”History teaches us that progress cannot be stopped. The best option left for us is to carefully consider and prepare for the inevitable impact on our teams and industry. The trajectory of AI development suggests that we face changes at a social level, and those problems can ultimately only be addressed by tools at that level. solutions such as Universal Living Wage,”
adds Ahmad. “Jobs change, they always have. Decades ago every team would write their own graphics engine, and those jobs are gone. But a lot of the menial work How many
chairs do we need? How many tables? Can we leave it to AI?” There is a growing concern that it will replace jobs, he said. For example, Oliver stresses that no AI tool can generate code, art or dialogue on its own.
”AI tools like ChatGPT and Midjounrey should be treated as problem-solving, process acceleration, and creative aids, not replacements for developer creativity,” he says. “Game dev tools don’t do the job, nor does generative AI,”
adds Pigott. “Generative AI is often thought of as a magic box, mind-reading, but that’s not the case. Generative AI is a form of machine learning that allows computers to generate original content in response to user prompts. That’s what it means.”
”Machine learning can’t predict what kind of game a developer wants to make. It can only do so after the user has entered a prompt. As with any generative AI tool, the most important thing is the user who uses it, I mean, he’s human.”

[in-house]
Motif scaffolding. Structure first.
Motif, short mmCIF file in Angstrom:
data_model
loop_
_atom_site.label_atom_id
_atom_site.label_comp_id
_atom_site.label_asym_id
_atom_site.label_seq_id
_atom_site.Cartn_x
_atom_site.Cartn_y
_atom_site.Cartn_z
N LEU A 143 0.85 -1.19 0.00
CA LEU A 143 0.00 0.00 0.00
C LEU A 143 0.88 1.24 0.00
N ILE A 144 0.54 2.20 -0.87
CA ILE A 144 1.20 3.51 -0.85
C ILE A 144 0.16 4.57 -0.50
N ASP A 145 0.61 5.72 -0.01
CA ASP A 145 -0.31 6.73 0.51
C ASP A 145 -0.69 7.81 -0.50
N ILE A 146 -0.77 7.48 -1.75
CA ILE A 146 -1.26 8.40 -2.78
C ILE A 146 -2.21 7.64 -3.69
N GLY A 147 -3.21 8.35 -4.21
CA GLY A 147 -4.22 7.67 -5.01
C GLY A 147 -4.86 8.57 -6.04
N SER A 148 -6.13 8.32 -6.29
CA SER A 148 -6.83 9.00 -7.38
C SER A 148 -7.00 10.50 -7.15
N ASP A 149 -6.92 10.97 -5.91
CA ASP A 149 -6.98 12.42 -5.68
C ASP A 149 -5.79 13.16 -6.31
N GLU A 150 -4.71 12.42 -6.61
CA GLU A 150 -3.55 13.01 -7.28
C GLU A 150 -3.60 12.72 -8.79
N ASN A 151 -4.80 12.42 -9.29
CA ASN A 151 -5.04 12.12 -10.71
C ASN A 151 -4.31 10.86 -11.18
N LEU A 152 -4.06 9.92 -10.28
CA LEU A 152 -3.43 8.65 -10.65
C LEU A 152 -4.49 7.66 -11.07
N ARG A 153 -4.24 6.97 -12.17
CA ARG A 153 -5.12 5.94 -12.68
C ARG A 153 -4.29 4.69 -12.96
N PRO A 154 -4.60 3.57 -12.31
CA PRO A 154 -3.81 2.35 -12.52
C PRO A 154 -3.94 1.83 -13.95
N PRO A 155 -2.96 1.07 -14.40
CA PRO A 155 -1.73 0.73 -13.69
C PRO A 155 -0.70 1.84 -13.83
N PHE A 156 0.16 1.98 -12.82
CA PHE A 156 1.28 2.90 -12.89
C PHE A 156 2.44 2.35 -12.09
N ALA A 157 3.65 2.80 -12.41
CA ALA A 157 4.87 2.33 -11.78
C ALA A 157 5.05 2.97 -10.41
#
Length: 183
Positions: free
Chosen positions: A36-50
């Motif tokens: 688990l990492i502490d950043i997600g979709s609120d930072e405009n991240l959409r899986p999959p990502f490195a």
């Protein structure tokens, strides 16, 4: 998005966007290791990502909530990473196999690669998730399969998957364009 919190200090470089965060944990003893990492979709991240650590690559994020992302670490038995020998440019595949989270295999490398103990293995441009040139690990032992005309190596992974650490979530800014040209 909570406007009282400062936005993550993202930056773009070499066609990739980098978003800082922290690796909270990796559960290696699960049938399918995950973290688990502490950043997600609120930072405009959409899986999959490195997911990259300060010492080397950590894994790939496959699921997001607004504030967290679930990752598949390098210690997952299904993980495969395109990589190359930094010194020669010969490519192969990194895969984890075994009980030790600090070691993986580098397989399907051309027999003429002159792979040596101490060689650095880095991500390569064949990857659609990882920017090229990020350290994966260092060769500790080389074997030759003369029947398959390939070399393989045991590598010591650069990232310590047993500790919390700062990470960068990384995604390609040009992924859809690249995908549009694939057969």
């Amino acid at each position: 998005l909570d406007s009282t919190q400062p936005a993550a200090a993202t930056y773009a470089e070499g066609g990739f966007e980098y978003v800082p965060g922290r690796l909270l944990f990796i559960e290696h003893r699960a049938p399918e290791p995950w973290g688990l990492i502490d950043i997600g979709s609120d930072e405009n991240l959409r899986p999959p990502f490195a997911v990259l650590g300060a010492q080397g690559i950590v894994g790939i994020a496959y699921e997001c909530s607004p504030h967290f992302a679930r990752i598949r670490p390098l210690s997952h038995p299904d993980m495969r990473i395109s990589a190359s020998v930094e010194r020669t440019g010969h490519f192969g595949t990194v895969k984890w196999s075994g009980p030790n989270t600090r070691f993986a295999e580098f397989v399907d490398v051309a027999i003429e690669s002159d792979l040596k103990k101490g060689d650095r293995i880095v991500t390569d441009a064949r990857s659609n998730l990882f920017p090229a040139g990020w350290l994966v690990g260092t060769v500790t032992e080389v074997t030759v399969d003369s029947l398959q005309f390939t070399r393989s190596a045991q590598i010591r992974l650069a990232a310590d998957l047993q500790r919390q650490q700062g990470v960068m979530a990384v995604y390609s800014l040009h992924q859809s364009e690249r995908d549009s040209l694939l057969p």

As a further example, the main image for this article (full image right) was generated by Midjourney from the prompt “AI in game development”. Even Take-Two CEO Strauss Zelnick warned investors on the latest earnings call that generative AI isn’t in danger of making a better ‘Grand Theft Auto’ out of prompts I affirmed.
Ultimately, the developers we spoke to believe AI could benefit studios of all sizes. AAA developers can create more content at lower cost and be more efficient. Indies, on the other hand, can take on more ambitious projects that they wouldn’t normally be able to secure resources for.
”The line [between the two] will blur,” Ahmad said. “This is a good thing. Ultimately, if this technology makes AI more accessible, it will create a more level playing field. Unreal Engine cost a whopping $500,000 in licensing fees in 2002. But now it’s practically free to use even for indies.”
Jele said that the game itself would use AI tools to instantly generate new content, providing content tailored to each player’s tastes. I imagine.